Misty Copeland and Daniil Simkin in the Greatest Tragedy of Them All: Romeo and Juliet at the Met

Misty Copeland and Daniil Simkin in the Greatest Tragedy of Them All: Romeo and Juliet at the Met
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American Ballet Theatre's Daniil Simkin and Misty Copeland in Kenneth MacMillan's Romeo and Juliet at the Metropolitan Opera House in New York (Photo: Gene Schiavone)

Daniil Simkin made his debut as Romeo on Saturday afternoon, in Kenneth MacMillan's immortal rendering of the tale of warring tribes. He was teamed with Misty Copeland, in her third outing as Juliet. The pair brought youthful ardor and recklessness to their roles - and attracted an enormous fan base that encompassed both ballet veterans and first-timers in a diversity of ages and backgrounds rarely seen at New York's Metropolitan Opera House.

The theme of senseless violence, stemming from feuds that no one remembers the cause of, resonates today. Bodies pile up, weeping women litter the streets. The terror spares no social caste. When the curtain falls on the dead bodies of Romeo and Juliet, MacMillan omits Shakespeare's reconciliation between the Montagues and Capulets. The magnitude of the tragedy is thus amplified, as no good appears to come out of the double suicide.

As young lovers defying authority, Simkin and Copeland flaunt heart-stopping physicality in the balcony, bedroom and crypt scenes - though not at the expense of lyrical, fluid technique.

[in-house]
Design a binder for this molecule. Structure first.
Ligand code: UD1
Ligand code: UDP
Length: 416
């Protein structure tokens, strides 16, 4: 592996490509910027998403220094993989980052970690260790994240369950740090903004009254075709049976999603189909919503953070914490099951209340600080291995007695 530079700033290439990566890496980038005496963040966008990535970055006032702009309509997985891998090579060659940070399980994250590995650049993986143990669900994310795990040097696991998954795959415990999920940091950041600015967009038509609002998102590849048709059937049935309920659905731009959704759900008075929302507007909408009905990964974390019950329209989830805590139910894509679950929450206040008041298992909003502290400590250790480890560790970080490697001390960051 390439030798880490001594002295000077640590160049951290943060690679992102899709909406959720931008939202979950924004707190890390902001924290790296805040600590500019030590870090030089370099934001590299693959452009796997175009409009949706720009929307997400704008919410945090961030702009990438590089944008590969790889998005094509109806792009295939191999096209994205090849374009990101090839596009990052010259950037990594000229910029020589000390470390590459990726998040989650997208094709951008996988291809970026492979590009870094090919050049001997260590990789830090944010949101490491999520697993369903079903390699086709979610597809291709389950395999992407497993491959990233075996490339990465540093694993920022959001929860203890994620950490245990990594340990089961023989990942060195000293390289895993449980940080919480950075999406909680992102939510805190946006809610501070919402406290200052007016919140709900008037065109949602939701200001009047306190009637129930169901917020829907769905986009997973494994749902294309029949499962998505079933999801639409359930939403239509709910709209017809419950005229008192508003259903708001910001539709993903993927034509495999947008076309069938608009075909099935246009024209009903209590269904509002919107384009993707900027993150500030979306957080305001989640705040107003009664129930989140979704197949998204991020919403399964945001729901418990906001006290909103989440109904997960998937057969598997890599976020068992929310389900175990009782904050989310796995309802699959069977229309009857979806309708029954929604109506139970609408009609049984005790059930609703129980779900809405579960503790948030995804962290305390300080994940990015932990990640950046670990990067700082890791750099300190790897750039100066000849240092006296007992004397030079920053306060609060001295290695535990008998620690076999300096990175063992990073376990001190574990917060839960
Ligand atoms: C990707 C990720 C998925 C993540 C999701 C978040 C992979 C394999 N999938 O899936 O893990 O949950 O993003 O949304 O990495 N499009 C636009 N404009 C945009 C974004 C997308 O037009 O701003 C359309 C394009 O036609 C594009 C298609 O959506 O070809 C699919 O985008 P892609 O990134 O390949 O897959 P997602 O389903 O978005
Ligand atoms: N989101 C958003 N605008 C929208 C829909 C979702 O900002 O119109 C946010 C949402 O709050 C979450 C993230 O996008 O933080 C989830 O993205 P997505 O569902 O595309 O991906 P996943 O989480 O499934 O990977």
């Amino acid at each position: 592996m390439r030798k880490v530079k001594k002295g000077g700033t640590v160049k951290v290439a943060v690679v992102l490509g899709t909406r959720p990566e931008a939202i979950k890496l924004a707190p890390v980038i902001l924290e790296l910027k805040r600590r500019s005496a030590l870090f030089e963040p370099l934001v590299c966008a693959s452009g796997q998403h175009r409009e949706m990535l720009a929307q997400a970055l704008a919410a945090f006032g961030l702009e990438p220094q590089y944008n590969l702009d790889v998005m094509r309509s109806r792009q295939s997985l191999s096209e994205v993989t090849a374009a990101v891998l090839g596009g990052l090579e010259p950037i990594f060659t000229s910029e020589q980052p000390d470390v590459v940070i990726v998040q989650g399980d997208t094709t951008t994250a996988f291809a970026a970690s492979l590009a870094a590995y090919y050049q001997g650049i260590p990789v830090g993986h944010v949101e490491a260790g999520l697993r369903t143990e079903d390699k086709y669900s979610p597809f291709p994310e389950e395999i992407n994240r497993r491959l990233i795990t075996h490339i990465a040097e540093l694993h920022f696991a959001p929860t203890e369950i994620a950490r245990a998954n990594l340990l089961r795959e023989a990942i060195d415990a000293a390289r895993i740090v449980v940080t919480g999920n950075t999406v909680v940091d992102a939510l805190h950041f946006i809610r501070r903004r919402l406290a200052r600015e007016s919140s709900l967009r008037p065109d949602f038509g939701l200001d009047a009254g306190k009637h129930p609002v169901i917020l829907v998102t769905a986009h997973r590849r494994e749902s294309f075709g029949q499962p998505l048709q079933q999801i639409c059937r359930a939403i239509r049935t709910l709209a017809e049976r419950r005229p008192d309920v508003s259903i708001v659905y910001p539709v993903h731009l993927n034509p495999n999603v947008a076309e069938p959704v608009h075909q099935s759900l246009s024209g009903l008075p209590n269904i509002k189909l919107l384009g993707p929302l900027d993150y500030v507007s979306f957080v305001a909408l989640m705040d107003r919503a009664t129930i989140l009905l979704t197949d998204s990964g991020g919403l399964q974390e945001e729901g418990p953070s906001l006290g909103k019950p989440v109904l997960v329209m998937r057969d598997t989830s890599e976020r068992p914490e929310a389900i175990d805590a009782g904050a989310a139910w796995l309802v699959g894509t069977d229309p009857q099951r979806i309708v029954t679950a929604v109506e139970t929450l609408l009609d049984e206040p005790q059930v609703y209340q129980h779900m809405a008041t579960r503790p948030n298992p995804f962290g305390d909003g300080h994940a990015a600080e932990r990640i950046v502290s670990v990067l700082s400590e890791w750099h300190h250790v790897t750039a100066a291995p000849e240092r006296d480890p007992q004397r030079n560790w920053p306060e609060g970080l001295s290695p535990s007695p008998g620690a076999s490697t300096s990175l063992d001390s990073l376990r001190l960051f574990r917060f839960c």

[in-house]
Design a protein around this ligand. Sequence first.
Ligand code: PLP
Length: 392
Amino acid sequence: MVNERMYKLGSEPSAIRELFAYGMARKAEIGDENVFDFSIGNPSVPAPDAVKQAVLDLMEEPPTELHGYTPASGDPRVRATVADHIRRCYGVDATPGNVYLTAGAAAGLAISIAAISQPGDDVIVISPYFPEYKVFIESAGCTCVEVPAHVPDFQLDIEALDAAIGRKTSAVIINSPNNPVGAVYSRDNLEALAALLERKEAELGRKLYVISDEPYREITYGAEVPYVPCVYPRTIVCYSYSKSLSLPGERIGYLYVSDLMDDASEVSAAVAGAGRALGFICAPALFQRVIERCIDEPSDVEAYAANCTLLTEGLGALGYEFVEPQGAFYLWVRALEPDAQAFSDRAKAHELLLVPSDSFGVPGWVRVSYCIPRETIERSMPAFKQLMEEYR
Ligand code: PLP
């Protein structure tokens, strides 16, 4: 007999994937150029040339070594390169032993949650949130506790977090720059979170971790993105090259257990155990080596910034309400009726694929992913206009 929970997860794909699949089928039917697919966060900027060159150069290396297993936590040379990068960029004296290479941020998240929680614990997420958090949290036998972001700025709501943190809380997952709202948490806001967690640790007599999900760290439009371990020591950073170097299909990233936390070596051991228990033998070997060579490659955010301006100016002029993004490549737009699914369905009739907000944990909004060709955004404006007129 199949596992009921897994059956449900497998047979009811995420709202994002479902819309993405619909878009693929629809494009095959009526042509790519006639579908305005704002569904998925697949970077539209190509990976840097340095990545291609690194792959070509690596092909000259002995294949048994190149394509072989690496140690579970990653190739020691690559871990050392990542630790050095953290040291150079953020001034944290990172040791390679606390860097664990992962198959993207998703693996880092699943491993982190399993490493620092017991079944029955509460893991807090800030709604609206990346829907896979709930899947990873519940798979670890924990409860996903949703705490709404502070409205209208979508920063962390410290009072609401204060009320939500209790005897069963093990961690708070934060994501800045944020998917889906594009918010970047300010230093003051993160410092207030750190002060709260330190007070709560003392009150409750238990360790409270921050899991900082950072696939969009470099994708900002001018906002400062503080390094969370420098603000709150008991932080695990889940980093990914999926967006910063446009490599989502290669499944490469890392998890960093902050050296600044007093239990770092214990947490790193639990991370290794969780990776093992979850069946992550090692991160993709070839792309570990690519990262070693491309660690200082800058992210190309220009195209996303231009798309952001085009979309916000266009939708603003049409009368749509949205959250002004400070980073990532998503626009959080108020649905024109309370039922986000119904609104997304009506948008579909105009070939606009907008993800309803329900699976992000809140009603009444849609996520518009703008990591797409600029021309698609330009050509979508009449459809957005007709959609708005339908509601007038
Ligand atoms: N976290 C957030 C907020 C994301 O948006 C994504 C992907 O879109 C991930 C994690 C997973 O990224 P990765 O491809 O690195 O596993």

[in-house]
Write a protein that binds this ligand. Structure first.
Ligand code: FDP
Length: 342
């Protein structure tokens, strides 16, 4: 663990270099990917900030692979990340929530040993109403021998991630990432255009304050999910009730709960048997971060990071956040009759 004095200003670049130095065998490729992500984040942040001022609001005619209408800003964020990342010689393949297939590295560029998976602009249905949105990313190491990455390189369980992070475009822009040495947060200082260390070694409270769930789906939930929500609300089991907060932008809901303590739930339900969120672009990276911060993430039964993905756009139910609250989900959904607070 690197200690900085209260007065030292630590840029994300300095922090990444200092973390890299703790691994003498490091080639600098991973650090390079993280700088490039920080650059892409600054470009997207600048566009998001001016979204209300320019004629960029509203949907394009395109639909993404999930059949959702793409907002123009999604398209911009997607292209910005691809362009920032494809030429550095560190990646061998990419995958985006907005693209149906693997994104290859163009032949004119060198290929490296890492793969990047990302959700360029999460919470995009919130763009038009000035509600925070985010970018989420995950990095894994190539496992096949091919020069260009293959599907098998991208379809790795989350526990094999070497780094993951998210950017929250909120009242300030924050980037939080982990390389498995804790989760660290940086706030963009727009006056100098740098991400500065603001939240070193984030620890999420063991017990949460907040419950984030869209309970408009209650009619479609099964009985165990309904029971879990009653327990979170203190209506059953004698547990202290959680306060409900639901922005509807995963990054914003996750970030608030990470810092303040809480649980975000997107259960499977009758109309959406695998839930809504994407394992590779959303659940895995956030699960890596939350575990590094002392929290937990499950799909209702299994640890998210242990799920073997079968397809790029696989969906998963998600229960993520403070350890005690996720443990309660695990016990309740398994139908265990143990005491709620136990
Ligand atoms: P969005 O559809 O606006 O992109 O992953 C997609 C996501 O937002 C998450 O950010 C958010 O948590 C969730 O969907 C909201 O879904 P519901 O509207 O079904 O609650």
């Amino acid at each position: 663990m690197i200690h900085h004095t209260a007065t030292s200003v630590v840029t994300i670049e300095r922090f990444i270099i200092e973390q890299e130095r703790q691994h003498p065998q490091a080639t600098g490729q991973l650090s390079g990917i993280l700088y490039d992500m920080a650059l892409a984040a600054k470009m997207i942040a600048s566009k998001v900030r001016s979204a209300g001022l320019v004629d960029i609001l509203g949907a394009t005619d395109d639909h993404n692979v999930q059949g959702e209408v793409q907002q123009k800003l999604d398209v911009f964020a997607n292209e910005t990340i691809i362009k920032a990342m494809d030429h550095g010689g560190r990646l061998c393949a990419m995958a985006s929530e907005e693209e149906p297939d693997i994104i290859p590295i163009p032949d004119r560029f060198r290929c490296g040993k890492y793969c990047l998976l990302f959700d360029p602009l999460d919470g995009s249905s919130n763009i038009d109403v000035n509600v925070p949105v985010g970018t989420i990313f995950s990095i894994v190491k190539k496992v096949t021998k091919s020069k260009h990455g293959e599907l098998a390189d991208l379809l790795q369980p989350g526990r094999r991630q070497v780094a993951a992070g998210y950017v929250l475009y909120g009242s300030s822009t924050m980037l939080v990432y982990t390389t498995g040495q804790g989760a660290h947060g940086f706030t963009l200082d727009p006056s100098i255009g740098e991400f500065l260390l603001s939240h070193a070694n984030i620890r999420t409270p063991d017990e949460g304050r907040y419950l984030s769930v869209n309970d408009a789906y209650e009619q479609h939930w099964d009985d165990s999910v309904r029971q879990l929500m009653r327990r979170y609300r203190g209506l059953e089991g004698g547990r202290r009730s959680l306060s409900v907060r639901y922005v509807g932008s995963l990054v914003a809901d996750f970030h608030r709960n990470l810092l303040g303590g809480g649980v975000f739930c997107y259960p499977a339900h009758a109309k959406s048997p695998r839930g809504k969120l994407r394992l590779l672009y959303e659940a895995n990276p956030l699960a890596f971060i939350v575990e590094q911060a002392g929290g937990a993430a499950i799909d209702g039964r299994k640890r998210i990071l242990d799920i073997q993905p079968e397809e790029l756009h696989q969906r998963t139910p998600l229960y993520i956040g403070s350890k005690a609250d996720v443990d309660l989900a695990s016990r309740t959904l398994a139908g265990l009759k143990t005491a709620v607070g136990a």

In the balcony scene, Simkin's poetically expansive renversés, pirouettes with outflung leg, and rocket-fueled manège trace the rapid deepening of an infatuation.

And when he receives Juliet's letter instructing him to show up for their secret wedding, the unrestrained joy which sends him leaping seemed to ripple through the opera house.

Avenging the death of Mercutio (Craig Salstein, in a tour de force), Simkin takes on the formidable, ferocious Roman Zhurbin in the role of Tybalt. Simkin slays Zhurbin in a white-hot fury, their swordfight utterly convincing though Simkin is smaller and slighter of build.

Simkin has not often distinguished himself as a partner of ballerinas. This partnership, however, is nothing short of spectacular - all the way through the hair-raising Act III crypt scene, where the distraught Romeo flings Juliet's limp, unresponsive body every which way.

Misty Copeland as Juliet (Photo: Rosalie O'Connor)

From our first glimpse of Copeland in Juliet's playroom, pestering her long-suffering Nurse (the marvelous Nancy Raffa), we know this Juliet must have been hell on wheels as a toddler. But she is suddenly disoriented when her parents show up with the man they intend her to marry. Unlike some Juliets, Copeland doesn't come across in this moment as vulnerable or shy, just astonished. She doesn't know what to make of the handsome, noble Paris (the sterling Sterling Baca), and she doesn't immediately acquiesce to her parents' plan. Her manner indicates that she is going to have to think about it.